Sculpture And Gravity
Gravity is the cosmic force that is responsible for the consolidation of form, the movements of the celestial bodies and determining the eventual fate of the entire universe. As a terrestrial environmental factor this cosmic force, the "gravity constant", is hardly considered as essential to the creation of art, yet it has profoundly influenced and determined both the conception and the perception of sculpture since its beginnings.
Because they are created in a terrestrial civilization, all sculptures have a "resting point" - a point of contact in which their mass interacts with the gravity of the Earth. Sometimes sculptures are fixed to a base so that their appearance seems natural in our gravity dominated environment. Others stand, rest or are fixed to some supporting structure. Even balloon or air-filled sculptures that may float in the air are positioned by the forces of gravity.
Consciously or unconsciously, artists conceive and carry out their sculptural creations with the "gravity constant" determining the eventual resting point of the work, and, by so doing, they pre-determine how the sculpture will eventually be perceived by the observer. This "gravity constant" has much to do with our perception and appreciation of sculpture - as our response to its aesthetic "rightness" is based on our own experiences in our terrestrial environment. Thus, the creation of every physical sculpture or three-dimensional artwork ever created has been influenced by gravity.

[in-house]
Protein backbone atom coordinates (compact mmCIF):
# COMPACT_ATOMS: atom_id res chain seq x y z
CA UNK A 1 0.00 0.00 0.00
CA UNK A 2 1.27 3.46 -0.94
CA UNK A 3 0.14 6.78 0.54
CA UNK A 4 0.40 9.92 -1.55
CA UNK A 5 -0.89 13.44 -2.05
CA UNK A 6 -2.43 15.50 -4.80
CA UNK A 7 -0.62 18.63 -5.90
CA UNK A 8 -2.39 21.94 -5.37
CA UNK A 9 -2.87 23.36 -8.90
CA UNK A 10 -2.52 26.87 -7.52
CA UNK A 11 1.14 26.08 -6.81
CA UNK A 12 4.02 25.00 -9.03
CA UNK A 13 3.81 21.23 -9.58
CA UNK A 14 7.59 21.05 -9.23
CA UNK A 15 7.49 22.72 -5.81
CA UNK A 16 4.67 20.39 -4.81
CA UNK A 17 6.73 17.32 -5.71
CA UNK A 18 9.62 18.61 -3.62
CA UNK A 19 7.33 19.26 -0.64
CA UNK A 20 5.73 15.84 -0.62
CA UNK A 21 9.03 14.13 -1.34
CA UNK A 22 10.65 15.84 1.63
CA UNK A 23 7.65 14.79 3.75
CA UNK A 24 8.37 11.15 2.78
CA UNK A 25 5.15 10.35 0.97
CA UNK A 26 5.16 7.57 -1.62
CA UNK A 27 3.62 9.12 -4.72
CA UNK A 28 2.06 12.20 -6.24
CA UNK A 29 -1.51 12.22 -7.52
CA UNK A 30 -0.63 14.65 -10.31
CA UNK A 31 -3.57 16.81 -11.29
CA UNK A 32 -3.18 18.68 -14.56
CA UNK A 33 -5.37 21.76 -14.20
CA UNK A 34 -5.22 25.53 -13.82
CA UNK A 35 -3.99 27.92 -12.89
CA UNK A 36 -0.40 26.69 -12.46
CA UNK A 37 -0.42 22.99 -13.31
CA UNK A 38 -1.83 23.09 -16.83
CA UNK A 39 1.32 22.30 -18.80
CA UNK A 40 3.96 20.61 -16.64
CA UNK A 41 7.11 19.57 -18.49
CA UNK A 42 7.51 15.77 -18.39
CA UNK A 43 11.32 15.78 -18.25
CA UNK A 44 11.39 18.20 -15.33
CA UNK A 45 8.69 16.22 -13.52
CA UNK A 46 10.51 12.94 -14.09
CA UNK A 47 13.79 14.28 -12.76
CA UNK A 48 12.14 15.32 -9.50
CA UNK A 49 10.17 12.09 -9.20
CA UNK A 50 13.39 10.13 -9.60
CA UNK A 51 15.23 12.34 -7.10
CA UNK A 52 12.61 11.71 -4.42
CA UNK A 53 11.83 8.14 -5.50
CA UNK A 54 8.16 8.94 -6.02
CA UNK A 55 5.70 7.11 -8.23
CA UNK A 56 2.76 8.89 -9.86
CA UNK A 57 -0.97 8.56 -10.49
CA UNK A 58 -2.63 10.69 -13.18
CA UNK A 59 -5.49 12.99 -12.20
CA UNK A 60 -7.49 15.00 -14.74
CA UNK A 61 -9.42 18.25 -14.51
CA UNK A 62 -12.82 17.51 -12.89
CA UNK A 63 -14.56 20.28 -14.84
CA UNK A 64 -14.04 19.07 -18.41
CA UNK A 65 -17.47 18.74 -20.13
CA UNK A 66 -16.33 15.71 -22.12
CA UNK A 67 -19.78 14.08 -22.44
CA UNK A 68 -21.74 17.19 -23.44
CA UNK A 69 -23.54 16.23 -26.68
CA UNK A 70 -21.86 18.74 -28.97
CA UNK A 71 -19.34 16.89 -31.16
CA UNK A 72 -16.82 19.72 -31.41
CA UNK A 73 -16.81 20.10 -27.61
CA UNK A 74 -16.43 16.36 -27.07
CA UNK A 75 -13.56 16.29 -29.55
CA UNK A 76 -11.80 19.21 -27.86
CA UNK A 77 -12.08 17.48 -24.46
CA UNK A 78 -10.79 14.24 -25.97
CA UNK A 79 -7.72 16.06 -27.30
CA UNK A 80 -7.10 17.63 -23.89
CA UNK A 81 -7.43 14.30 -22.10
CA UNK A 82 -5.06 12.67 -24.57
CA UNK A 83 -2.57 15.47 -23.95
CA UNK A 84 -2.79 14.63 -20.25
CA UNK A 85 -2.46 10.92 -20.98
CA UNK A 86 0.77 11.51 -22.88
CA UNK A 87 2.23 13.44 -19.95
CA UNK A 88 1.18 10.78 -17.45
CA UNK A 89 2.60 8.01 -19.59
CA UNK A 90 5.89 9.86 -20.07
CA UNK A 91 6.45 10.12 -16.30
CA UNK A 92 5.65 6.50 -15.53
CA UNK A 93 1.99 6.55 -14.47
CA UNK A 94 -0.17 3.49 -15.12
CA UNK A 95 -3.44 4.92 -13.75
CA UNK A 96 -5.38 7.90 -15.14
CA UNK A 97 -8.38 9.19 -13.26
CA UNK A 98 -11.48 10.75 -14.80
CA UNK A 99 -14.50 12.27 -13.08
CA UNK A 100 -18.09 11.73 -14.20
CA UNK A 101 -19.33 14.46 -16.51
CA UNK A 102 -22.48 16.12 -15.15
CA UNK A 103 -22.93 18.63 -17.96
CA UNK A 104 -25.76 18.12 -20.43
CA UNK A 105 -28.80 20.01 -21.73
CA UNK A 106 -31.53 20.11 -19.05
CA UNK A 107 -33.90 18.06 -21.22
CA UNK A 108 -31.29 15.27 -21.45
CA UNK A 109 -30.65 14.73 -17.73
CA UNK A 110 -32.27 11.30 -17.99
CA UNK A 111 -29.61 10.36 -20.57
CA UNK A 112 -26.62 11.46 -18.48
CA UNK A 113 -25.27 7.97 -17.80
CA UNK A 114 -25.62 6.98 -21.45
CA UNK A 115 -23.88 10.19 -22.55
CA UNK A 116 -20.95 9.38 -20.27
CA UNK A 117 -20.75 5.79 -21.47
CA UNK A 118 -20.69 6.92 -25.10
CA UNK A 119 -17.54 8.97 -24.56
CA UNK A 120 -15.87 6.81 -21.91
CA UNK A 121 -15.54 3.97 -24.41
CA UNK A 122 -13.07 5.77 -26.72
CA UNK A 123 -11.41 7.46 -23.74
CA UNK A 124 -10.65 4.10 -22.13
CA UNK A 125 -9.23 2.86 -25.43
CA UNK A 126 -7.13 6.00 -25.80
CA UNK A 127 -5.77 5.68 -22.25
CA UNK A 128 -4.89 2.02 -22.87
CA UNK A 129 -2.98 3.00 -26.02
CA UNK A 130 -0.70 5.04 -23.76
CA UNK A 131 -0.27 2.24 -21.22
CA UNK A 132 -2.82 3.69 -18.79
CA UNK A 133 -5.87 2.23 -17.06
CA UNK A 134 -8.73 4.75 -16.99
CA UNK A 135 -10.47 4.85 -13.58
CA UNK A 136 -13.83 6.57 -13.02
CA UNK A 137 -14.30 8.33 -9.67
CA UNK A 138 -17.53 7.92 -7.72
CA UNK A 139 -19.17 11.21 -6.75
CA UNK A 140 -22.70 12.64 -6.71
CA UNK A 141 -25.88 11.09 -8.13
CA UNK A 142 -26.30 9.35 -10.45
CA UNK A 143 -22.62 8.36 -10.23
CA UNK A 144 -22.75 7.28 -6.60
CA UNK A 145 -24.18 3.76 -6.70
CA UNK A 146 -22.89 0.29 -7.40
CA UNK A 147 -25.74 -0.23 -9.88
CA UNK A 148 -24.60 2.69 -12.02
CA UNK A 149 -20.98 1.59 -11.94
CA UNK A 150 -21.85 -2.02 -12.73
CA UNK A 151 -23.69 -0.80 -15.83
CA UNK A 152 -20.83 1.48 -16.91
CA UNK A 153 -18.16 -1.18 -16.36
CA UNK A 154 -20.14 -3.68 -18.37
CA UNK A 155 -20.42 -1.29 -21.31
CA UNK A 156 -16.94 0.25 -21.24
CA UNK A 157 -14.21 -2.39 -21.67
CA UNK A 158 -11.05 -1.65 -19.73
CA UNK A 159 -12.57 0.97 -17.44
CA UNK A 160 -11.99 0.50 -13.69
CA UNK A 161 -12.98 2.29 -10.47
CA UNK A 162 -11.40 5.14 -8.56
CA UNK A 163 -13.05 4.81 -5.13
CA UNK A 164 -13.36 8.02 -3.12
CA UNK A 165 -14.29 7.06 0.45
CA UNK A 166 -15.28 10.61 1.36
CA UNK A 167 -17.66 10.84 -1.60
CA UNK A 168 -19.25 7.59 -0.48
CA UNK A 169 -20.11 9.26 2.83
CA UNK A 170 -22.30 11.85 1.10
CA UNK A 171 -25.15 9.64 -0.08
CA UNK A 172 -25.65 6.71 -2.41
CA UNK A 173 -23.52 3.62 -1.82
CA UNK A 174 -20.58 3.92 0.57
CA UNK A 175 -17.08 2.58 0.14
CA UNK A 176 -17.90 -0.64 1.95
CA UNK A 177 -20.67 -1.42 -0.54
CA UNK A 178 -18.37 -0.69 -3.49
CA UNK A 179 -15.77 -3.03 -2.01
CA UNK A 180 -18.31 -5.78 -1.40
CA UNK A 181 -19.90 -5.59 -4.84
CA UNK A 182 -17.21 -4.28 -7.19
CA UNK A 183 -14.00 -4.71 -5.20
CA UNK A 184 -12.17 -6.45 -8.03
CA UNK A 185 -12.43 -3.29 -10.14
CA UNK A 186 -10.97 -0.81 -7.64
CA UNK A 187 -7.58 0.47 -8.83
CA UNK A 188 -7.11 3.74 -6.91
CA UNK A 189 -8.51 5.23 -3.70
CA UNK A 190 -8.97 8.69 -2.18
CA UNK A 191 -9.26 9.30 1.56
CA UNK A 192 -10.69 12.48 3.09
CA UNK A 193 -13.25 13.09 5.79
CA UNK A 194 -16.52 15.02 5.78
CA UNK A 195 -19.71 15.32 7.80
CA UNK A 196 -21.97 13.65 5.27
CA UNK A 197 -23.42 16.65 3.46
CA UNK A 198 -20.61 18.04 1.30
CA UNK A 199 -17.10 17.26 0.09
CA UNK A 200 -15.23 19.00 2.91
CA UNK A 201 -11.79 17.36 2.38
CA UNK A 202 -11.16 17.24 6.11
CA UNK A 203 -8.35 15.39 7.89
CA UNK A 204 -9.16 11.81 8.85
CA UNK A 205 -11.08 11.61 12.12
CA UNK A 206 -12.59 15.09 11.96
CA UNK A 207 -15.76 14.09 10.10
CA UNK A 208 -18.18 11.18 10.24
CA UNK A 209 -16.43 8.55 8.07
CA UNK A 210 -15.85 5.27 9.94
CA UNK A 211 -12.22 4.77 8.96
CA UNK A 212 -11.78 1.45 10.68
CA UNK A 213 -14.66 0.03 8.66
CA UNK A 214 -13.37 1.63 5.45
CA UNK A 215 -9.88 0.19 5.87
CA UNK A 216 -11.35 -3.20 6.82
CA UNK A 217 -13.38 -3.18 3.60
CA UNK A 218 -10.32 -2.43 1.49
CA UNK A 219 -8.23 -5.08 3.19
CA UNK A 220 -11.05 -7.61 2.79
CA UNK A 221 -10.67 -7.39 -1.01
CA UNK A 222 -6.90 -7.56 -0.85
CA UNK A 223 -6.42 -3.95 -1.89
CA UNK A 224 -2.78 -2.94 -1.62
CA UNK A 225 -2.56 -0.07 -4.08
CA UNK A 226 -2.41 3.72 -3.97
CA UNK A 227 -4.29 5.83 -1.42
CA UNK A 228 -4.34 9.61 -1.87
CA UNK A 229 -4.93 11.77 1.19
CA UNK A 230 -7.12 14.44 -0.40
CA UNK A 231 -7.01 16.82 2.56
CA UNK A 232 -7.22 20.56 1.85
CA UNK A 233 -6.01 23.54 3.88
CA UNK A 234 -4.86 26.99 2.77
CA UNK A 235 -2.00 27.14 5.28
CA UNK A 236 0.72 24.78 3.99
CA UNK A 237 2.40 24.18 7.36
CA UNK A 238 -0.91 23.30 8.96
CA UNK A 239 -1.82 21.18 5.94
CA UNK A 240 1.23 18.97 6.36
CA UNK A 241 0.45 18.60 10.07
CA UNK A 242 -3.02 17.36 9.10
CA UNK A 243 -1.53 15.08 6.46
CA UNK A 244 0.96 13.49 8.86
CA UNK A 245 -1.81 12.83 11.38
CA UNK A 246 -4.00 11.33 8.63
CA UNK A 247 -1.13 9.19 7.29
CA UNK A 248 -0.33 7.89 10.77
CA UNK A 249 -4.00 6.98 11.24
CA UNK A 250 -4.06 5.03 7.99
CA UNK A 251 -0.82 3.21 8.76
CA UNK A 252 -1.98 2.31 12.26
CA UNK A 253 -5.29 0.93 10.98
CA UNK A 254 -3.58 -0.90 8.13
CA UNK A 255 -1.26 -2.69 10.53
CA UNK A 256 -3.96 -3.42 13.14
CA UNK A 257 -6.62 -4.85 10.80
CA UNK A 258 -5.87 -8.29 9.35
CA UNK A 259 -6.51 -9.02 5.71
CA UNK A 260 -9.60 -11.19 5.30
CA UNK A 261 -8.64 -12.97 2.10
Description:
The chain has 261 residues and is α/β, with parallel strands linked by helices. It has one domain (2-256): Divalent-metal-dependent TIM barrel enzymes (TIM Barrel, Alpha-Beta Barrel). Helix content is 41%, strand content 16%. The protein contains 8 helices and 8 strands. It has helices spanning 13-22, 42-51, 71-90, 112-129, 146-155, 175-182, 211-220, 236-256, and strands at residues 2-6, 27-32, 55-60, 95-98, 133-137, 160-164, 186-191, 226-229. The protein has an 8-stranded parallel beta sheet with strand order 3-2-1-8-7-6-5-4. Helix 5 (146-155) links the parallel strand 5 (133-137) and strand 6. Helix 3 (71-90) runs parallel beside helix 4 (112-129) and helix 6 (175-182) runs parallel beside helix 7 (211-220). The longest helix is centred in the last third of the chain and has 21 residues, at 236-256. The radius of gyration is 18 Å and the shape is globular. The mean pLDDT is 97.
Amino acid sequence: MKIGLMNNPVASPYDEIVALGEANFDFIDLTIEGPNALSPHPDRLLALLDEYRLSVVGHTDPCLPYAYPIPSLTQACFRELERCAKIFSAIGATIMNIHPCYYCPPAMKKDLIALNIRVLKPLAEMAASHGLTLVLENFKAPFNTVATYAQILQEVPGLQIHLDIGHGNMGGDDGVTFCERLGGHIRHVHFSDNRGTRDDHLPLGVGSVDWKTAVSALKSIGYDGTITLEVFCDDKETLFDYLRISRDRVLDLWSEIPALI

When imagining human civilization extended into outer space, it is obvious that the art of this civilization will take advantage of its new environment. The qualities specific to this environment will have a fundamental effect on both the conception and perception of the artworks in it - much like the gravity constant has had on the evolution of terrestrial art. In the zero-gravity (zero-G) environment of outer space, the gravity constant disappears and sculptures become weightless. As a consequence, the conception, the perception and the appreciation of an artwork will be altered in such an environment.
A sculpture floating in a zero-G environment could be viewed from an infinite number of perspectives or angles. This free floating aspect also enables a kinetic dimension to such artworks-resulting in their seemingly independent motion.